Only 2:05 after that, Connor McDavid (Draisaitl and Maroon) caught Gibson sprawled on the ice following a botched diving save to set the score at 2-0, the same score that read going into the first intermission.

Then Getzlaf happened.

The Ducks’ captain was involved in all four goals on the evening, starting with his first of two tallies only 97 seconds after the start of the second frame. After receiving a pass from Brandon Montour from the far point,  he rang home a wrister to pull Anaheim within a goal.

Unfortunately for him, that goal was slightly controversial. Talbot was not caught off-guard for this tally, but was instead fighting to see around Corey Perry.

Screens are perfectly legal in hockey, and a very effective way to produce goals. Perry rushed towards the crease from the far boards to act as one, but bounced off Larsson in the process. That slight change of direction changed his course from screening Talbot to making contact with Talbot.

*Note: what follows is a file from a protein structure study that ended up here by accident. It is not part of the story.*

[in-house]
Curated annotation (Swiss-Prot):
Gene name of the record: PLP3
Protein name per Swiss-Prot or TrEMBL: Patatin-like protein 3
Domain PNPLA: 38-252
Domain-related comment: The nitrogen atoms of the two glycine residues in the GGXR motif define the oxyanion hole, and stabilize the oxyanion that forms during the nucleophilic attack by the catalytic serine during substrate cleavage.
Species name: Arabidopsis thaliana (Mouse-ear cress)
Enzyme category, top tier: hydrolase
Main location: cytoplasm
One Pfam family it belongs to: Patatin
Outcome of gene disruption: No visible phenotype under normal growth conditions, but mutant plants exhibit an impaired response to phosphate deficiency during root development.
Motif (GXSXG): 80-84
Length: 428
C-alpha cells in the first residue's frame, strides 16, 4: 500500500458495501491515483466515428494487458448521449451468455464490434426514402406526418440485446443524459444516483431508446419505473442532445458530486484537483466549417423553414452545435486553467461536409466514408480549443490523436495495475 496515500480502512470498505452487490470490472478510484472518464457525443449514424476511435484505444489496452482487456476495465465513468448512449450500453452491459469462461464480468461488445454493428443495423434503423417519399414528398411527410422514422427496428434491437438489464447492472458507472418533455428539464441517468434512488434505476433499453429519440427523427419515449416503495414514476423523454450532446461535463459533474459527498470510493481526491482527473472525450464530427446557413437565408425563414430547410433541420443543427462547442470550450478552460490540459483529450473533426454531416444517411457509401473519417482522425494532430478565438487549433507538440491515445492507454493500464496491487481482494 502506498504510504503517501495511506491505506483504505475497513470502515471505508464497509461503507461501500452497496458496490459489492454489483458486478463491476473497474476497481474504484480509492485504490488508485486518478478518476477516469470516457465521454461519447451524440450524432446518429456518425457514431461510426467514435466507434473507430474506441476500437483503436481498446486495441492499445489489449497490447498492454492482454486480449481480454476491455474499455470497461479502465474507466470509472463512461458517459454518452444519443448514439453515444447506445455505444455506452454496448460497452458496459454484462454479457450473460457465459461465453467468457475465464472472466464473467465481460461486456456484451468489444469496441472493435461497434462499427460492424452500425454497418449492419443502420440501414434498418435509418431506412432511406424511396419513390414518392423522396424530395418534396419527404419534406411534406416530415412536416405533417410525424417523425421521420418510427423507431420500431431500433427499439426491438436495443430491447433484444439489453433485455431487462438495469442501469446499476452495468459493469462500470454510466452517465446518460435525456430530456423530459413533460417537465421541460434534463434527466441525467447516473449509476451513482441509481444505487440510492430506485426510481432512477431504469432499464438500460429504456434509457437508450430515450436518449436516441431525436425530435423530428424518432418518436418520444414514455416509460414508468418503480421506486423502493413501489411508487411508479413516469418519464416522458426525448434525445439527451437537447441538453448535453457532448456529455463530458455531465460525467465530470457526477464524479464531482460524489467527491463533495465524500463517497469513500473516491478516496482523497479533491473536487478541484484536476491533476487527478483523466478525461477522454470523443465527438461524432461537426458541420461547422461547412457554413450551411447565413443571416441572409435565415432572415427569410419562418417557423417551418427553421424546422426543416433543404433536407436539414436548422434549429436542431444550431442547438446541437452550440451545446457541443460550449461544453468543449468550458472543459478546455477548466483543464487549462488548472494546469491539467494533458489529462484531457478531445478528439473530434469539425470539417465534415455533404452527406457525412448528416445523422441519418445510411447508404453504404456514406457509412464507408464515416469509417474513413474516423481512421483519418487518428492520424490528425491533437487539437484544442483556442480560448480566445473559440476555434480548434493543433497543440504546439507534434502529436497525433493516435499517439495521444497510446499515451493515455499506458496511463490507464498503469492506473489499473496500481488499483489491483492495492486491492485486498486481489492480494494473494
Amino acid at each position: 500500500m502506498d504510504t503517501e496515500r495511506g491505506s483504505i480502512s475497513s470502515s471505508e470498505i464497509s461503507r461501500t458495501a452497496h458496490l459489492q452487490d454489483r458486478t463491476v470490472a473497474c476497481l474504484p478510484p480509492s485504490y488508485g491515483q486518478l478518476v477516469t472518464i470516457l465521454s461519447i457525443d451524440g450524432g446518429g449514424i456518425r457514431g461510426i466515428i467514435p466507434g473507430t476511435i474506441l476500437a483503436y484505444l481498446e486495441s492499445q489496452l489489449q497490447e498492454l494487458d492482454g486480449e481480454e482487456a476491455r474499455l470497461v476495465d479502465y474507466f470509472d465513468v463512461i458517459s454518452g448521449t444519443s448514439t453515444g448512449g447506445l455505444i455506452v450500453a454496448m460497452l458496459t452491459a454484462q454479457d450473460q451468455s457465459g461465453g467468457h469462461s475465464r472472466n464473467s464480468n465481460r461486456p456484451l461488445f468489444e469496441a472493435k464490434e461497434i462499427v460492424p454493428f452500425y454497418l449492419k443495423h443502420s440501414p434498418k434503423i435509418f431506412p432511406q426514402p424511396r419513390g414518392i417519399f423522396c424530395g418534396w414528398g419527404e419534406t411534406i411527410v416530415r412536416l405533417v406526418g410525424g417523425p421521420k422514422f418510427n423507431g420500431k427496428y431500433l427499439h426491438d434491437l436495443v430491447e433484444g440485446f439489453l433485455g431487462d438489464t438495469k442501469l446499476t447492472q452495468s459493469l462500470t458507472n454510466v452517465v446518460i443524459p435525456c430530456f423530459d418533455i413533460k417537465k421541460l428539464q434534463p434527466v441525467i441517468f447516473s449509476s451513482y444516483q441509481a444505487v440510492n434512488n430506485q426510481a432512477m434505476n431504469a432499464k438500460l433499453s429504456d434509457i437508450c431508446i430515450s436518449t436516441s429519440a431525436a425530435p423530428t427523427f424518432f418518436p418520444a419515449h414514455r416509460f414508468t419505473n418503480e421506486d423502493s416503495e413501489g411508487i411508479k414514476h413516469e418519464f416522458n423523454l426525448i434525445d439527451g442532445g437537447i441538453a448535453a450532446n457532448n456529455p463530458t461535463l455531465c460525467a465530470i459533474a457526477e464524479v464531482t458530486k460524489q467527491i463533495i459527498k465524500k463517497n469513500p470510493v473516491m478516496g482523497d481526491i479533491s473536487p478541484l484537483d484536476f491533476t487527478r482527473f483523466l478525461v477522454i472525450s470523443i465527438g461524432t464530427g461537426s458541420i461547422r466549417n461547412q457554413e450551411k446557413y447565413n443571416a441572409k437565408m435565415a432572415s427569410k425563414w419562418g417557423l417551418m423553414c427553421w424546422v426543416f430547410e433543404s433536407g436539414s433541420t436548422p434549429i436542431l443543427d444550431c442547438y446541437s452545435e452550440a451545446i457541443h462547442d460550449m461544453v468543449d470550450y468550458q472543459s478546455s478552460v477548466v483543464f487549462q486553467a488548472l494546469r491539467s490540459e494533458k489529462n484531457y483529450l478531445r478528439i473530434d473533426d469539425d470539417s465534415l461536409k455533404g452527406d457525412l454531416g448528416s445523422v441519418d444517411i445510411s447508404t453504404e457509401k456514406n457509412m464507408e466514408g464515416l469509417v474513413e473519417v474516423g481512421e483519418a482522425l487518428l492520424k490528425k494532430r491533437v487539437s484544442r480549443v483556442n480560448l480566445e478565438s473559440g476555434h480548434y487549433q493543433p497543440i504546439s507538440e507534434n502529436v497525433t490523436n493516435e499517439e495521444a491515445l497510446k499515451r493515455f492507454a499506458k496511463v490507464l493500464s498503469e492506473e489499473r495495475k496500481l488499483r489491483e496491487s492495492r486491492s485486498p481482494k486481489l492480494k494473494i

The nudge was enough to force Talbot off his spot and the netminder immediately threw his hands up in frustration. That led Todd McLellan to quickly challenge the play. Though the officials deliberated for a few minutes, they ultimately decided to count the goal even though contact with the goaltender is clearly made.

For what it’s worth, I don’t think it should have counted. But then again, I don’t wear black-and-white stripes to hockey games.